CLEVELAND (AP) — A man viewed as a local superhero with a matching car collection and a penchant for completing daring feats for charity is under investigation for his alleged involvement in a multi-million dollar Medicaid fraud scheme at his two Ohio substance abuse treatment centers.
A forfeiture complaint filed last week by the U.S. Attorney’s Office in Cleveland seeks to keep around $3.5 million in assets from 38-year-old Ryan Sheridan, whose Braking Point Recovery Services operated centers in suburban Youngstown and suburban Columbus.
The complaint says the forfeitures are “traceable” to federal health care fraud, conspiracy to commit fraud and money laundering. Justin Herdman, the U.S. attorney for northern Ohio, said Sheridan “ripped off taxpayers.”
“This case underscores that health care fraud is big business and a serious crime, particularly at a time when more resources are being devoted to drug treatment,” Herdman said.
No criminal charges have been filed against Sheridan or anyone associated with Braking Point. Sheridan’s attorney did not respond to repeated messages seeking comment.
The complaint says Braking Point submitted nearly 135,000 claims seeking $48 million in reimbursements from May 2015 until the FBI and other agencies shut down the centers during raids in October 2017. Ohio’s Medicaid agency paid Braking Point $31 million for those claims.
Investigators also searched the homes of Sheridan and his ex-wife, who submitted Medicaid claims for Braking Point. The complaint said the investigation began in December 2016.
The U.S. Attorney’s Office wants Sheridan to forfeit $2.2 million in a now-frozen bank account, $327,000 from a brokerage account and $390,000 in bundled cash found in a basement gun safe at Sheridan’s home in Columbiana County.
The complaint asks that Sheridan also forfeit his car collection, which includes a replica Batmobile that Sheridan bought for $160,000 and a replica of the “Ghostbusters” hearse he bought for $145,000.
According to the complaint, Braking Point billed Medicaid for treatment services that weren’t properly documented and that Sheridan and others pressured employees to submit bills to inflate the amount of time it took to render services to patients. Nurses were told to record that it took at least five minutes for any activity, including handing out ibuprofen, the complaint said.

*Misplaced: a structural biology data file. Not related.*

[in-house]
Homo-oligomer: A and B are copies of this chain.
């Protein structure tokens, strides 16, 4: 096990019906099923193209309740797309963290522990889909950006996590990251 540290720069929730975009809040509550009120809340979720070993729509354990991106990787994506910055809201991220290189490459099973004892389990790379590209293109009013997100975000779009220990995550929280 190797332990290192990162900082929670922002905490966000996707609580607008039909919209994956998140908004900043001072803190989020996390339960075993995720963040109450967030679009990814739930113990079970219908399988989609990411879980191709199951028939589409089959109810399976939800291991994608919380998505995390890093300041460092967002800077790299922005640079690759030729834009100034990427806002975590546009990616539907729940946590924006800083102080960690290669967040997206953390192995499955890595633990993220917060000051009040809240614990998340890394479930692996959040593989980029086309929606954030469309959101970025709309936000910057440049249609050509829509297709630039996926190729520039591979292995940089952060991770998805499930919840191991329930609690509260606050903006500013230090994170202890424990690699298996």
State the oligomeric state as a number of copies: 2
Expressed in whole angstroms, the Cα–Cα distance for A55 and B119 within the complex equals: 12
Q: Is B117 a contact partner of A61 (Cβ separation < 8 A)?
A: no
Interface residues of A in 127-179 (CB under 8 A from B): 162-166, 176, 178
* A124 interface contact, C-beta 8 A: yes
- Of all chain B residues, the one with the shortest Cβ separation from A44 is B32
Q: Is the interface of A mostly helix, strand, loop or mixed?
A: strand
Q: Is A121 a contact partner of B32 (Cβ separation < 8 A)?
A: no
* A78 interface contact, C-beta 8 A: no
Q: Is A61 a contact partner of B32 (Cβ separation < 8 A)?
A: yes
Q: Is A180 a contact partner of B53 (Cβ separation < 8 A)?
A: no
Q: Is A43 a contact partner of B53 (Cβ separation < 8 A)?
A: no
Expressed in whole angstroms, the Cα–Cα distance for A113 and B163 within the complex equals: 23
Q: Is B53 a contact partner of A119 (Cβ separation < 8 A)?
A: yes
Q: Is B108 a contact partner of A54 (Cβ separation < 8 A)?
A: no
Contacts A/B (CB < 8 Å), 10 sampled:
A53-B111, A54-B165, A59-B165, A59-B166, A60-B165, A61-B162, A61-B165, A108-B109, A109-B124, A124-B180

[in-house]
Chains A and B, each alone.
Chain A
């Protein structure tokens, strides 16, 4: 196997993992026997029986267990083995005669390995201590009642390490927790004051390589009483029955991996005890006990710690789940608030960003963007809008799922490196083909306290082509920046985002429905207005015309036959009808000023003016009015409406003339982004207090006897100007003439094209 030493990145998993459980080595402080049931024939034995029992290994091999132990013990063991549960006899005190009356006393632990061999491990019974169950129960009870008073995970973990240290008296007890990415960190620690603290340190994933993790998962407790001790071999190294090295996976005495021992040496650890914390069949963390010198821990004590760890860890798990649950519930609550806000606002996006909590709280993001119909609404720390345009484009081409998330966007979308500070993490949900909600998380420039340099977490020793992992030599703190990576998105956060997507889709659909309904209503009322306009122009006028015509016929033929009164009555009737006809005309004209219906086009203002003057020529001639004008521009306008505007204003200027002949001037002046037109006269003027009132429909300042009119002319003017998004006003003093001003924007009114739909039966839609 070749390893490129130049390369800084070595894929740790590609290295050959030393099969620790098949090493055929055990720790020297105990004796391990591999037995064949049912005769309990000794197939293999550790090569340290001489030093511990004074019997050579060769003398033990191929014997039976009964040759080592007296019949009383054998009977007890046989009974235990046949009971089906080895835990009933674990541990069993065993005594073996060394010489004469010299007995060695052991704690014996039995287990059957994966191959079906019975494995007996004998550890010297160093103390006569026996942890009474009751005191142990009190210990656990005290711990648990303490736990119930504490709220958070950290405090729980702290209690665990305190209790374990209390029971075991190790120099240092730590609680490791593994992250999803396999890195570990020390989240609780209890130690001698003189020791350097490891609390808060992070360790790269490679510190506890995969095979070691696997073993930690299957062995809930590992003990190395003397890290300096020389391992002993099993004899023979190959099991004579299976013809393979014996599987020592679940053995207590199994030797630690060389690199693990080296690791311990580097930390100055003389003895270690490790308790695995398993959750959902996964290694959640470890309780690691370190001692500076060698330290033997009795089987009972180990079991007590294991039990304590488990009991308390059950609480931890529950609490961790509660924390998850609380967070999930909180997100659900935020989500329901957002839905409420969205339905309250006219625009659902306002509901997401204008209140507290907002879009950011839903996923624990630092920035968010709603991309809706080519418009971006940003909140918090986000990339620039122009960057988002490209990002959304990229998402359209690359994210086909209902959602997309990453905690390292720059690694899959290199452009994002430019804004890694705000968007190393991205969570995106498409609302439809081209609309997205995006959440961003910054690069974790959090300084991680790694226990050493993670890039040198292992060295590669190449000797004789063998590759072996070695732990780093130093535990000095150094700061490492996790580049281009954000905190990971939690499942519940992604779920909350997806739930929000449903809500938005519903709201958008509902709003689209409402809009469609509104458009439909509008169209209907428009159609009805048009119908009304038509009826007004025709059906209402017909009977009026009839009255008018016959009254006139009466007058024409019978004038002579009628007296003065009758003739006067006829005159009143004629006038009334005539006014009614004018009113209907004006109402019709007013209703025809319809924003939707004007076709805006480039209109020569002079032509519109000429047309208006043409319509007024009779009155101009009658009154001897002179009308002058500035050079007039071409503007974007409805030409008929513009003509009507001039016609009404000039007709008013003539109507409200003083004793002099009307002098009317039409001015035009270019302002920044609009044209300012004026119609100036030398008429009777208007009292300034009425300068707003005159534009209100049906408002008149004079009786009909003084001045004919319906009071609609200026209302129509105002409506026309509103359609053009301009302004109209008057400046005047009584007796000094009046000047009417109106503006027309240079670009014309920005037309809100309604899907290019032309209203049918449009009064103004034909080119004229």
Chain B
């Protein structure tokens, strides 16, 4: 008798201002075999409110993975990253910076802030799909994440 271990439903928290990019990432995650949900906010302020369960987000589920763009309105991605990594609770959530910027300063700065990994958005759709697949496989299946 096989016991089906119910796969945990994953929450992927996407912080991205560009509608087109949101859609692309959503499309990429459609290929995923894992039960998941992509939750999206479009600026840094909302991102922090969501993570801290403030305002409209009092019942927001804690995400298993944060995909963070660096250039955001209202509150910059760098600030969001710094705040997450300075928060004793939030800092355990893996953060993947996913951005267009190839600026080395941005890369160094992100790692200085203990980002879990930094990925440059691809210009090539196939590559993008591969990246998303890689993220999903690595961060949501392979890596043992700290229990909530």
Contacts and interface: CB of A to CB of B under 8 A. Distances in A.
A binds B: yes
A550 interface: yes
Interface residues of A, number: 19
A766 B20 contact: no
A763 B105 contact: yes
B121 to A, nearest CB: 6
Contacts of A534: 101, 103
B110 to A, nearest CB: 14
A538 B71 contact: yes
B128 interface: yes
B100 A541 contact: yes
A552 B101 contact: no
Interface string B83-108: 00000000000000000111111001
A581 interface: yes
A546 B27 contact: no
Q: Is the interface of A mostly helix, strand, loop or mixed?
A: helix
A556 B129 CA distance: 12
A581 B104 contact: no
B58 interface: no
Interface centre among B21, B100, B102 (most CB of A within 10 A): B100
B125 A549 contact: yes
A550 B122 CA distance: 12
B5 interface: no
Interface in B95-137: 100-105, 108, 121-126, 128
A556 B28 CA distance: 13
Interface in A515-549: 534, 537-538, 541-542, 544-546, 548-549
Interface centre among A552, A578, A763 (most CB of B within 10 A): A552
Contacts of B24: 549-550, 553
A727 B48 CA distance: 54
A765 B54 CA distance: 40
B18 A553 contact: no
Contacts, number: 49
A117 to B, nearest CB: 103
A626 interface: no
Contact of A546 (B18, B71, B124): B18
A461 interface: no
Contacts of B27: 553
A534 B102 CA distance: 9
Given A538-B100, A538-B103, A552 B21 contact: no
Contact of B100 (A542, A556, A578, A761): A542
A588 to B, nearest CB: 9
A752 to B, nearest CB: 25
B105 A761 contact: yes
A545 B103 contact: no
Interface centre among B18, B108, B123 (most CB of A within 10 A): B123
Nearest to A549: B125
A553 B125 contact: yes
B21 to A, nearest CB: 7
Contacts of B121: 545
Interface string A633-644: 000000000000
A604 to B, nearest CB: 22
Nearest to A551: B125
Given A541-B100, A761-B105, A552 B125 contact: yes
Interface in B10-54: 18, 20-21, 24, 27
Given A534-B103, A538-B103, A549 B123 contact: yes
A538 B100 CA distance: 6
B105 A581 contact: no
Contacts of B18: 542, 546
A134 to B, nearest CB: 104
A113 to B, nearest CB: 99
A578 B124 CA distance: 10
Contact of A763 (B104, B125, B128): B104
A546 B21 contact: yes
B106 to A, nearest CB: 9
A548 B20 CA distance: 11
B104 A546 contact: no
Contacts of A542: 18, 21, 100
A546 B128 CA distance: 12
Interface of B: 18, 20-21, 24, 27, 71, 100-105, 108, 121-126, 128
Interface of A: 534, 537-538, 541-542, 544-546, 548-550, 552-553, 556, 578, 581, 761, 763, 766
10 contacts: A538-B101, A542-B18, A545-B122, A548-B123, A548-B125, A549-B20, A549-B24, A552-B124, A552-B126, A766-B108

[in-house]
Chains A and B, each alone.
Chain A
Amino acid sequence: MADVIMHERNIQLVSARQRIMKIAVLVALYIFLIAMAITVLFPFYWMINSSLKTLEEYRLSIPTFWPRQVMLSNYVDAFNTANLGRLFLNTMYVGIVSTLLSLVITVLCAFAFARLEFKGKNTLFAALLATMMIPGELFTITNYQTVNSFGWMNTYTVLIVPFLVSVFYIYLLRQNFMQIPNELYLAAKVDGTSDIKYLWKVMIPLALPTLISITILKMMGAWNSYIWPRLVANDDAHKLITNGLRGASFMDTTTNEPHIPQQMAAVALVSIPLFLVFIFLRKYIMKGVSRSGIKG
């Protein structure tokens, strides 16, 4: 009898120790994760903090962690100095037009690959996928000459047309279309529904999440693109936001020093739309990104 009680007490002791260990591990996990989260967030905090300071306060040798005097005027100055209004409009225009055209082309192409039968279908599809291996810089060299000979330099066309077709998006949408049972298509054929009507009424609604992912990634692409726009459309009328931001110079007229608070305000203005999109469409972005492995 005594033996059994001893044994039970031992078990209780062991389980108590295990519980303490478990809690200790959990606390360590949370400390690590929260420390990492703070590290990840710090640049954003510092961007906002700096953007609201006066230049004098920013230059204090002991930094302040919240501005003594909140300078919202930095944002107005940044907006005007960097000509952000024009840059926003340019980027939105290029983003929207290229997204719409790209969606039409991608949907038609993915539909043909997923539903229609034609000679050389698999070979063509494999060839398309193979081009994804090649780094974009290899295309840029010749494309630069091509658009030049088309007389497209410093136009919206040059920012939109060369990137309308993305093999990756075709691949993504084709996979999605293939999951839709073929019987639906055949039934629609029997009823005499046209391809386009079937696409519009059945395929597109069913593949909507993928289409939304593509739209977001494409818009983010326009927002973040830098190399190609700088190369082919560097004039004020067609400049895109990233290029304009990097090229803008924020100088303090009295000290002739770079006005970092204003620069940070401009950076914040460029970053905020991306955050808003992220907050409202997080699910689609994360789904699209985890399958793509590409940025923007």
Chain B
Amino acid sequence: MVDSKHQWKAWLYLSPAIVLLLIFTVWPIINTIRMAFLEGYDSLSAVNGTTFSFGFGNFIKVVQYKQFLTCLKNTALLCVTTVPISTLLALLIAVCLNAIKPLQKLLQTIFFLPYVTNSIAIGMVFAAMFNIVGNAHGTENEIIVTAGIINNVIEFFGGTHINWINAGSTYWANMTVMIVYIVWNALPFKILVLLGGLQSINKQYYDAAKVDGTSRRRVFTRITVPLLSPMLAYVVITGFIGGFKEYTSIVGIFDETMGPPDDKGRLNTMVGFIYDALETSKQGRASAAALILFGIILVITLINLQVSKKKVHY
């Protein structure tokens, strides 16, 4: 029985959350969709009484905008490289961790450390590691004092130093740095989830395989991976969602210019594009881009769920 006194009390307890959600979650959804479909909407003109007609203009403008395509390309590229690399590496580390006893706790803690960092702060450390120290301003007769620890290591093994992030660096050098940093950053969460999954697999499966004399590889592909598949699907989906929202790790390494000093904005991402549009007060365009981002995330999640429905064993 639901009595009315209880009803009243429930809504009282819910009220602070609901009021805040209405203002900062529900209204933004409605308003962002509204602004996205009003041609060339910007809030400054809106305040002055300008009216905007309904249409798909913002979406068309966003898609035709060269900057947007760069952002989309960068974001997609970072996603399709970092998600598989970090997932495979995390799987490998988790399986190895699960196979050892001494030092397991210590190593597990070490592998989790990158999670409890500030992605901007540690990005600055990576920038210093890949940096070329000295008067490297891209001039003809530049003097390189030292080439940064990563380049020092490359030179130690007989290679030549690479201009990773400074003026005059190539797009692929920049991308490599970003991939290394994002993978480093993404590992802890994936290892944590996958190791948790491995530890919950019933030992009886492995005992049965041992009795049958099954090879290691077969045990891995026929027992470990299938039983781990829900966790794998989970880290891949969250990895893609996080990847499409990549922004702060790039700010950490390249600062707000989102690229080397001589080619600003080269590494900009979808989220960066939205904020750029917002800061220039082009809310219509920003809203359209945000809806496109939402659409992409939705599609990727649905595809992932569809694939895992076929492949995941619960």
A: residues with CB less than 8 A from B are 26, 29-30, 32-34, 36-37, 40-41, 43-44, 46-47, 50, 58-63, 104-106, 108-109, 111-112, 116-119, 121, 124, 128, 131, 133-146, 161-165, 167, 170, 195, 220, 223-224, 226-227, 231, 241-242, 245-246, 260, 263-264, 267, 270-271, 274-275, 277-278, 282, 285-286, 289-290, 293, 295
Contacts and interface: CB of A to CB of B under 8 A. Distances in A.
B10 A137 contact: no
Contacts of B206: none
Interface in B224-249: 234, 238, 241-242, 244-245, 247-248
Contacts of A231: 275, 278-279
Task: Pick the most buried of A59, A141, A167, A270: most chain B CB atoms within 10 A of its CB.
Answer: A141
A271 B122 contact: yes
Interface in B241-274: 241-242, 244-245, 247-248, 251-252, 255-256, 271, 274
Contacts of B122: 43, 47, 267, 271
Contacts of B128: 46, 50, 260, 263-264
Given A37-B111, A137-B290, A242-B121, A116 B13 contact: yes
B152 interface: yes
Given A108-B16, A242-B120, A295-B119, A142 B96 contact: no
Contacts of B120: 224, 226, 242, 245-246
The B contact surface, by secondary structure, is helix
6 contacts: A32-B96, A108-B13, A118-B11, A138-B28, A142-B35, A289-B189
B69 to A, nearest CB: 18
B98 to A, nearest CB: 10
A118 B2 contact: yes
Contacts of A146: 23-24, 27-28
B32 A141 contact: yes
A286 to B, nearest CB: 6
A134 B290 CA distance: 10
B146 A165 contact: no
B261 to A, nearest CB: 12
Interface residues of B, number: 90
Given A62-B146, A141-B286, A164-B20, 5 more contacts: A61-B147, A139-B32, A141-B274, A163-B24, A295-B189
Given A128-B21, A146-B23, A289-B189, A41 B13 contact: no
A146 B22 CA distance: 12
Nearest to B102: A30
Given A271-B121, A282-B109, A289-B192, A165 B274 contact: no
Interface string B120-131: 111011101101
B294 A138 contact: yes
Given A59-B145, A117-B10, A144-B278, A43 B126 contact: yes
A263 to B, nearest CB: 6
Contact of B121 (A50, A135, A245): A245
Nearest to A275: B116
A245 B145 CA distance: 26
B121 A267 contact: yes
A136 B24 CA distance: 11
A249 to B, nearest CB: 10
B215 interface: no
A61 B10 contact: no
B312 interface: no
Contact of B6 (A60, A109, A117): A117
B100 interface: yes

Medicaid is a health care benefit provided to low-income families and individuals. The federal government covers 62 percent of the cost for Ohio’s program, which is administered by the Ohio Department of Medicaid.
Substance abuse treatment centers have opened in recent years throughout Ohio, which is among the states hardest hit by the opioid crisis. Braking Point only accepted patients who qualified for Medicaid.
A small group of employees rallied in support of Sheridan outside one center location after the October raids. Yet most of the improper practice allegations came from employees.
The complaint details numerous ethical problems with how the centers operated, including employees dispensing drugs to help people manage their withdrawal symptoms without authorization. People admitted to the Austintown Township center’s detox facility sometimes had to wait days before seeing a doctor, according to the complaint.
Sheridan became a minor celebrity in Youngstown, a community still recovering from the decades-old loss of steel plants and manufacturing. News outlets featured him in stories about his feats of daring-do and efforts to raise money for local organizations. The “Ghostbusters” hearse was featured in a Youngstown Christmas Parade. He’d drive his Batmobile to local events dressed as the Caped Crusader.
Sheridan climbed Mount Kilimanjaro and ran with the bulls in Pamplona, Spain, last year to raise money for Youngstown State University’s Rich Center for Autism.
“He has been generous and supportive of many local charities,” Bergen Giordani, development director at the Rich Center, told The Associated Press.
Sheridan incorporated Braking Point in January 2015. The complaint said he previously worked at an intervention program for people convicted for driving under the influence. His application to become a Medicaid provider in Ohio included information about convictions for drug possession, operating a vehicle while impaired, menacing and domestic violence between 1998 and 2003, the complaint said.
Sheridan applied to the state to open a second treatment center in Whitehall in Franklin County in late 2016. The center was managed and co-owned by Tom Dailey, who was found dead at a northeast Ohio motel in July 2017 after overdosing on a mix of heroin, fentanyl and cocaine.
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